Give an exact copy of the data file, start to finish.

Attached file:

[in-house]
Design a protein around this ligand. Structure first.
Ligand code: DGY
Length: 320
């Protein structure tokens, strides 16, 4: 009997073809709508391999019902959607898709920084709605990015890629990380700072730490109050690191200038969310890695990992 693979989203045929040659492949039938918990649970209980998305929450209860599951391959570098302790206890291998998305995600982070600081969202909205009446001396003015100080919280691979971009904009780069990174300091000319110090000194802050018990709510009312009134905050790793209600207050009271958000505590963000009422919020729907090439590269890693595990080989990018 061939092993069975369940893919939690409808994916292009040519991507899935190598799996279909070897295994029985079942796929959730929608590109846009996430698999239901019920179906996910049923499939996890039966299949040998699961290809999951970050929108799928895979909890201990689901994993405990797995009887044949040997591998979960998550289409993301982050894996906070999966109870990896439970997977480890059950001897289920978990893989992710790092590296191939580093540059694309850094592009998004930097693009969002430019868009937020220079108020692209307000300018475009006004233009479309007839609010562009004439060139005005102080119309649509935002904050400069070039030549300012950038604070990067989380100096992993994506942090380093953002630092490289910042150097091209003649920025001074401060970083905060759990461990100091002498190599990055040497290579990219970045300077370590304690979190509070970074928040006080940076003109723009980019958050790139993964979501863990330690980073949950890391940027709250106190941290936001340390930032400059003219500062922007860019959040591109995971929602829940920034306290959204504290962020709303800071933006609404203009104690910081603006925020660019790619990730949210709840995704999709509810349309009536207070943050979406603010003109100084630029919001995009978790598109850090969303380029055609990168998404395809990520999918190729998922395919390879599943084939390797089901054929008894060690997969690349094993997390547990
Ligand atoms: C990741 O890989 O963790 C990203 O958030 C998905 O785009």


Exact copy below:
[in-house]
Design a protein around this ligand. Structure first.
Ligand code: DGY
Length: 320
């Protein structure tokens, strides 16, 4: 009997073809709508391999019902959607898709920084709605990015890629990380700072730490109050690191200038969310890695990992 693979989203045929040659492949039938918990649970209980998305929450209860599951391959570098302790206890291998998305995600982070600081969202909205009446001396003015100080919280691979971009904009780069990174300091000319110090000194802050018990709510009312009134905050790793209600207050009271958000505590963000009422919020729907090439590269890693595990080989990018 061939092993069975369940893919939690409808994916292009040519991507899935190598799996279909070897295994029985079942796929959730929608590109846009996430698999239901019920179906996910049923499939996890039966299949040998699961290809999951970050929108799928895979909890201990689901994993405990797995009887044949040997591998979960998550289409993301982050894996906070999966109870990896439970997977480890059950001897289920978990893989992710790092590296191939580093540059694309850094592009998004930097693009969002430019868009937020220079108020692209307000300018475009006004233009479309007839609010562009004439060139005005102080119309649509935002904050400069070039030549300012950038604070990067989380100096992993994506942090380093953002630092490289910042150097091209003649920025001074401060970083905060759990461990100091002498190599990055040497290579990219970045300077370590304690979190509070970074928040006080940076003109723009980019958050790139993964979501863990330690980073949950890391940027709250106190941290936001340390930032400059003219500062922007860019959040591109995971929602829940920034306290959204504290962020709303800071933006609404203009104690910081603006925020660019790619990730949210709840995704999709509810349309009536207070943050979406603010003109100084630029919001995009978790598109850090969303380029055609990168998404395809990520999918190729998922395919390879599943084939390797089901054929008894060690997969690349094993997390547990
Ligand atoms: C990741 O890989 O963790 C990203 O958030 C998905 O785009």